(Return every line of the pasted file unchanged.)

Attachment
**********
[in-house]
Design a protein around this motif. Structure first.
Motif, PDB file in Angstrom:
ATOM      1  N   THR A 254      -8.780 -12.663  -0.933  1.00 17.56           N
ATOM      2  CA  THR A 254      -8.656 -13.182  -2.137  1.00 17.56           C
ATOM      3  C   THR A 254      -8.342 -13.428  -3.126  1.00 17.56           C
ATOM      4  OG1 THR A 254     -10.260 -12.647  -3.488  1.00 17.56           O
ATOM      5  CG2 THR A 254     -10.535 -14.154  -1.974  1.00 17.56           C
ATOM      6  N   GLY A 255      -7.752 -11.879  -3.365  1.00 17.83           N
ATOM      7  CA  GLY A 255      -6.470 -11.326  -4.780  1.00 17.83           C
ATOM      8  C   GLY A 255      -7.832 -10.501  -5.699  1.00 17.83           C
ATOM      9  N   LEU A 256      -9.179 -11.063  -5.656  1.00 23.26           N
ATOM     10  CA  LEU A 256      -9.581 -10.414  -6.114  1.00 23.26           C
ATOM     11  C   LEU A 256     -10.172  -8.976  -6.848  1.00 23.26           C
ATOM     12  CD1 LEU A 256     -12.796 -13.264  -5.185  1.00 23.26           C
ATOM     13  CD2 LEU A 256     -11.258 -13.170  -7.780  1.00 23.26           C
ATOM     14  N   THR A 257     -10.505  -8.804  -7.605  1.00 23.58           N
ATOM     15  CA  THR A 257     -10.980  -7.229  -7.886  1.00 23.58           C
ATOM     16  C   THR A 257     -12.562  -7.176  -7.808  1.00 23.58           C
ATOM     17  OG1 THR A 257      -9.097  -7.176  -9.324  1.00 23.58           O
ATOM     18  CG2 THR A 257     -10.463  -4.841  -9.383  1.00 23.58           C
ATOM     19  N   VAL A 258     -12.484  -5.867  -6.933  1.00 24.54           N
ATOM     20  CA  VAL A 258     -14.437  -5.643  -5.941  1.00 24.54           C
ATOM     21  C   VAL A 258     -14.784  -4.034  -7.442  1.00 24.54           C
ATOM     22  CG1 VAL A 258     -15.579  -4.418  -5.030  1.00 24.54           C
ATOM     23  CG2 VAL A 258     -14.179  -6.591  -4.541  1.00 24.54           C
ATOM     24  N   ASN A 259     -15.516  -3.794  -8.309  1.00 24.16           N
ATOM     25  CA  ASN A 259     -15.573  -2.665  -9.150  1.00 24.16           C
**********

[in-house]
Design a protein around this motif. Structure first.
Motif, PDB file in Angstrom:
ATOM      1  N   THR A 254      -8.780 -12.663  -0.933  1.00 17.56           N
ATOM      2  CA  THR A 254      -8.656 -13.182  -2.137  1.00 17.56           C
ATOM      3  C   THR A 254      -8.342 -13.428  -3.126  1.00 17.56           C
ATOM      4  OG1 THR A 254     -10.260 -12.647  -3.488  1.00 17.56           O
ATOM      5  CG2 THR A 254     -10.535 -14.154  -1.974  1.00 17.56           C
ATOM      6  N   GLY A 255      -7.752 -11.879  -3.365  1.00 17.83           N
ATOM      7  CA  GLY A 255      -6.470 -11.326  -4.780  1.00 17.83           C
ATOM      8  C   GLY A 255      -7.832 -10.501  -5.699  1.00 17.83           C
ATOM      9  N   LEU A 256      -9.179 -11.063  -5.656  1.00 23.26           N
ATOM     10  CA  LEU A 256      -9.581 -10.414  -6.114  1.00 23.26           C
ATOM     11  C   LEU A 256     -10.172  -8.976  -6.848  1.00 23.26           C
ATOM     12  CD1 LEU A 256     -12.796 -13.264  -5.185  1.00 23.26           C
ATOM     13  CD2 LEU A 256     -11.258 -13.170  -7.780  1.00 23.26           C
ATOM     14  N   THR A 257     -10.505  -8.804  -7.605  1.00 23.58           N
ATOM     15  CA  THR A 257     -10.980  -7.229  -7.886  1.00 23.58           C
ATOM     16  C   THR A 257     -12.562  -7.176  -7.808  1.00 23.58           C
ATOM     17  OG1 THR A 257      -9.097  -7.176  -9.324  1.00 23.58           O
ATOM     18  CG2 THR A 257     -10.463  -4.841  -9.383  1.00 23.58           C
ATOM     19  N   VAL A 258     -12.484  -5.867  -6.933  1.00 24.54           N
ATOM     20  CA  VAL A 258     -14.437  -5.643  -5.941  1.00 24.54           C
ATOM     21  C   VAL A 258     -14.784  -4.034  -7.442  1.00 24.54           C
ATOM     22  CG1 VAL A 258     -15.579  -4.418  -5.030  1.00 24.54           C
ATOM     23  CG2 VAL A 258     -14.179  -6.591  -4.541  1.00 24.54           C
ATOM     24  N   ASN A 259     -15.516  -3.794  -8.309  1.00 24.16           N
ATOM     25  CA  ASN A 259     -15.573  -2.665  -9.150  1.00 24.16           C